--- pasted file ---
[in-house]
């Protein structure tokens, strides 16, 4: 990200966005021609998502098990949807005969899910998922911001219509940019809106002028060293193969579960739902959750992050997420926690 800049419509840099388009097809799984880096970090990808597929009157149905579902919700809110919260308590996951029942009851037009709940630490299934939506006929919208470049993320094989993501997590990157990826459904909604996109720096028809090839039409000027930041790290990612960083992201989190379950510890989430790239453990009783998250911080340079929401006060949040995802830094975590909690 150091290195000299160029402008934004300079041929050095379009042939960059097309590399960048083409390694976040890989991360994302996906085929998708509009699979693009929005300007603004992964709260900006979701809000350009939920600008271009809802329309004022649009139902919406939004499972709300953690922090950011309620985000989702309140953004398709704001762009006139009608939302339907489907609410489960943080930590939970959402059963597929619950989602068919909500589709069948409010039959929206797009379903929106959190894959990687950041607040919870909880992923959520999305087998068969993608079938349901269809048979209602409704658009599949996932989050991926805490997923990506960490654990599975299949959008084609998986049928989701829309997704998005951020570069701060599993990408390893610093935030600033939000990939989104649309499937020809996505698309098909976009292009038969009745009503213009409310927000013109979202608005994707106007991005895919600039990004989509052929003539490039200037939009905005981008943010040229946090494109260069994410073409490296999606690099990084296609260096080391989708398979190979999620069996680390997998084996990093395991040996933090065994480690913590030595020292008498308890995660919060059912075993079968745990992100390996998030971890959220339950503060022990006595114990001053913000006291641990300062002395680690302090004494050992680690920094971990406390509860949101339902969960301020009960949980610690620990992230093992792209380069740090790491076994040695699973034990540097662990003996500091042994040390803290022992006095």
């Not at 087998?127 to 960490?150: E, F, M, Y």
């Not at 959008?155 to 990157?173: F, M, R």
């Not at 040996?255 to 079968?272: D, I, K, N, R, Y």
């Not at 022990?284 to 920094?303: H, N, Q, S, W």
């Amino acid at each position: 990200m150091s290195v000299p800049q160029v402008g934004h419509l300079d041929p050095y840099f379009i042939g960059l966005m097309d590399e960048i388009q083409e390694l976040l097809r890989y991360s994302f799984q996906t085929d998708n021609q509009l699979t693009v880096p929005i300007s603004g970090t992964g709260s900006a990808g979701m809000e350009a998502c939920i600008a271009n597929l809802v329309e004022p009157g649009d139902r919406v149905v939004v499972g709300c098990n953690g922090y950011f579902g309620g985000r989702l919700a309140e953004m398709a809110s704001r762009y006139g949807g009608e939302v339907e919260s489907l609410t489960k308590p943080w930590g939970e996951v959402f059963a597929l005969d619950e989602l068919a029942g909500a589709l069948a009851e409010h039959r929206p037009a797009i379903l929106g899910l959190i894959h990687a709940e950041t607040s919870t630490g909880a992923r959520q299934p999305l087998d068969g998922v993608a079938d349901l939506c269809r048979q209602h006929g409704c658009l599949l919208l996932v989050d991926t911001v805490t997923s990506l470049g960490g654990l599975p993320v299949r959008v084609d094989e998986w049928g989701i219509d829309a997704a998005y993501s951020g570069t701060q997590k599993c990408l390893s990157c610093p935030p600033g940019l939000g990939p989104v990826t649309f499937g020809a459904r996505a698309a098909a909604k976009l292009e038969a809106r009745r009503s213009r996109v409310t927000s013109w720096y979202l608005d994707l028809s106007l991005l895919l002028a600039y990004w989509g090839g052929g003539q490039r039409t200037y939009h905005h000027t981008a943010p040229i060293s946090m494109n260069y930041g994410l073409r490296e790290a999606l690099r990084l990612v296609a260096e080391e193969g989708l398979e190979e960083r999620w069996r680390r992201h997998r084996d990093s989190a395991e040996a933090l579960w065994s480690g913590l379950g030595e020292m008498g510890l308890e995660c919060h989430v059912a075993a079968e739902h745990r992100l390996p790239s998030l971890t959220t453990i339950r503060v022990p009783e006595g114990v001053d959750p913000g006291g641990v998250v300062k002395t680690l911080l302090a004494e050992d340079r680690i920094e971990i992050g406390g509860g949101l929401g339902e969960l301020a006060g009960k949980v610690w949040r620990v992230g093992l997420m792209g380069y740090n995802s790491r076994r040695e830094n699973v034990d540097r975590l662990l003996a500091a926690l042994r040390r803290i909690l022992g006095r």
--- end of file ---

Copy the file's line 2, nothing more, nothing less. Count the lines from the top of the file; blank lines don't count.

């Protein structure tokens, strides 16, 4: 990200966005021609998502098990949807005969899910998922911001219509940019809106002028060293193969579960739902959750992050997420926690 800049419509840099388009097809799984880096970090990808597929009157149905579902919700809110919260308590996951029942009851037009709940630490299934939506006929919208470049993320094989993501997590990157990826459904909604996109720096028809090839039409000027930041790290990612960083992201989190379950510890989430790239453990009783998250911080340079929401006060949040995802830094975590909690 150091290195000299160029402008934004300079041929050095379009042939960059097309590399960048083409390694976040890989991360994302996906085929998708509009699979693009929005300007603004992964709260900006979701809000350009939920600008271009809802329309004022649009139902919406939004499972709300953690922090950011309620985000989702309140953004398709704001762009006139009608939302339907489907609410489960943080930590939970959402059963597929619950989602068919909500589709069948409010039959929206797009379903929106959190894959990687950041607040919870909880992923959520999305087998068969993608079938349901269809048979209602409704658009599949996932989050991926805490997923990506960490654990599975299949959008084609998986049928989701829309997704998005951020570069701060599993990408390893610093935030600033939000990939989104649309499937020809996505698309098909976009292009038969009745009503213009409310927000013109979202608005994707106007991005895919600039990004989509052929003539490039200037939009905005981008943010040229946090494109260069994410073409490296999606690099990084296609260096080391989708398979190979999620069996680390997998084996990093395991040996933090065994480690913590030595020292008498308890995660919060059912075993079968745990992100390996998030971890959220339950503060022990006595114990001053913000006291641990300062002395680690302090004494050992680690920094971990406390509860949101339902969960301020009960949980610690620990992230093992792209380069740090790491076994040695699973034990540097662990003996500091042994040390803290022992006095």